Killjoy Confetti – The Fun Is (CD)

It is honestly hard to really assign Killjoy Confetti with a specific style of music. Comparison between them and other diverse and experimental bands may do better justice; the band during tracks like “Excuse The Blood” really mix Nico-era Velvet Underground with Patti, using progressive, Queens of the Stone Age-type of rock to fuel the track. The challenge that Killjoy Confetti really give their listeners during the opening two salvos of “The Fun Is” is to stick with them through two lengthy tracks. The band suffers during the late part of both of the tracks, not necessarily because there is a musical weakness revealed but rather an arrangement weakness.

The music’s experimentative sound tends to fall out by these later sections, revealing to the listener that the band just does not know where to go. The arrangements are interesting everywhere else; the guitar work is particularly impressive, using all styles, tempos and sounds to create something that like the mythical Proteus can (almost) never be pinned down. “Try Danielson” really reduces the progressive rock style of the previous track and has Killjoy Confetti move (forward?) in time to the halcyon days of Sonic Youth and early Jets to Brazil; the results is a musically challenging but euphonic track. It seems that the band reinvents themselves between tracks; thus, the instrument-heavy “Shirts of Fire” has the band work with nuanced, silent guitar lines and choir-like vocals in a way that does not have a parallel anywhere on “The Fun Is”. Just as quickly, the sonic assault (that for me is reminiscent of Sixty Stories) of “Neer Neer” reverses any changes made, delighting listeners with drum/vocal breakdowns that move the band (briefly) into the jerky-dance of bands like Franz Ferdinand.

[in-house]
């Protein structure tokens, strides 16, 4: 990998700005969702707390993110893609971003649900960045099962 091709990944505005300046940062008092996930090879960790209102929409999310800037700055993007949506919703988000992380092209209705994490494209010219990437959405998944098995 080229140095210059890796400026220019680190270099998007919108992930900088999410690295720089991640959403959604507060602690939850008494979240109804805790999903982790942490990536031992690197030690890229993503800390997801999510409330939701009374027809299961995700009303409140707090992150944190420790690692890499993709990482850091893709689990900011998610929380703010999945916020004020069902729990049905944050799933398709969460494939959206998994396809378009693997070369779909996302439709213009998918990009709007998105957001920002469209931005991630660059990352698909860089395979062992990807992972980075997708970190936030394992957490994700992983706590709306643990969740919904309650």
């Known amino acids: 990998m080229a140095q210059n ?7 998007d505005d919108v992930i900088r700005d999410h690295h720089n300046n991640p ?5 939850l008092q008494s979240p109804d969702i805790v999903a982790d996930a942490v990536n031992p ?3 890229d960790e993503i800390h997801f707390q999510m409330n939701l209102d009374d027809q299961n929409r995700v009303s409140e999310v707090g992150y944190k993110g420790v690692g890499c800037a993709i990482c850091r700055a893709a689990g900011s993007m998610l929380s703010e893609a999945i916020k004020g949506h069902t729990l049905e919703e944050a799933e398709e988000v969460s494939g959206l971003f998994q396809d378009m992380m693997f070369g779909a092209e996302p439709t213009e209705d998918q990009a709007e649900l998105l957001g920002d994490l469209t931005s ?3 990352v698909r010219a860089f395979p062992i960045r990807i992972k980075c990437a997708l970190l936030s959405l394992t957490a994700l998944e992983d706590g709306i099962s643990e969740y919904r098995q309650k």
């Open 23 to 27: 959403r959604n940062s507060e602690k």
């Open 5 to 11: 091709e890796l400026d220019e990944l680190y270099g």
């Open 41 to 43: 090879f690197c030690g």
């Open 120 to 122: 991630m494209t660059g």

The diverse array of styles and sounds found on “The Fun Is” really makes Killjoy Confetti comparable to a well-oiled troupe of actors. Each track reads more like a short play than an act in one specific work; there is a welcome lack of cohesion as the band feels in noway bound to creating anything but the best music they possibly can. The great thing is that Killjoy Confetti could come up with different albums using the exact same creative process and never once be chided for a lack of innovation. This destructured, decontexualized music is the freshest thing to come out easily in the last few months, and Killjoy Confetti really came to this commendation without the promo sheets or media push that so many other, less-deserving acts have.

Top Tracks: My Lip Is Bleeding, But I Am Fine , Excuse The Blood

Rating: 7.5/10

Killjoy Confetti – The Fun Is / 2005 Wooden Man Records / 11 Tracks / / / Reviewed 28 September 2005

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Author: James McQuiston

Ph.D. in Political Science, Kent State University. I have been the editor at NeuFutur / since I was 15. Looking for new staff members all the time; email me if you are interested. Thanks!

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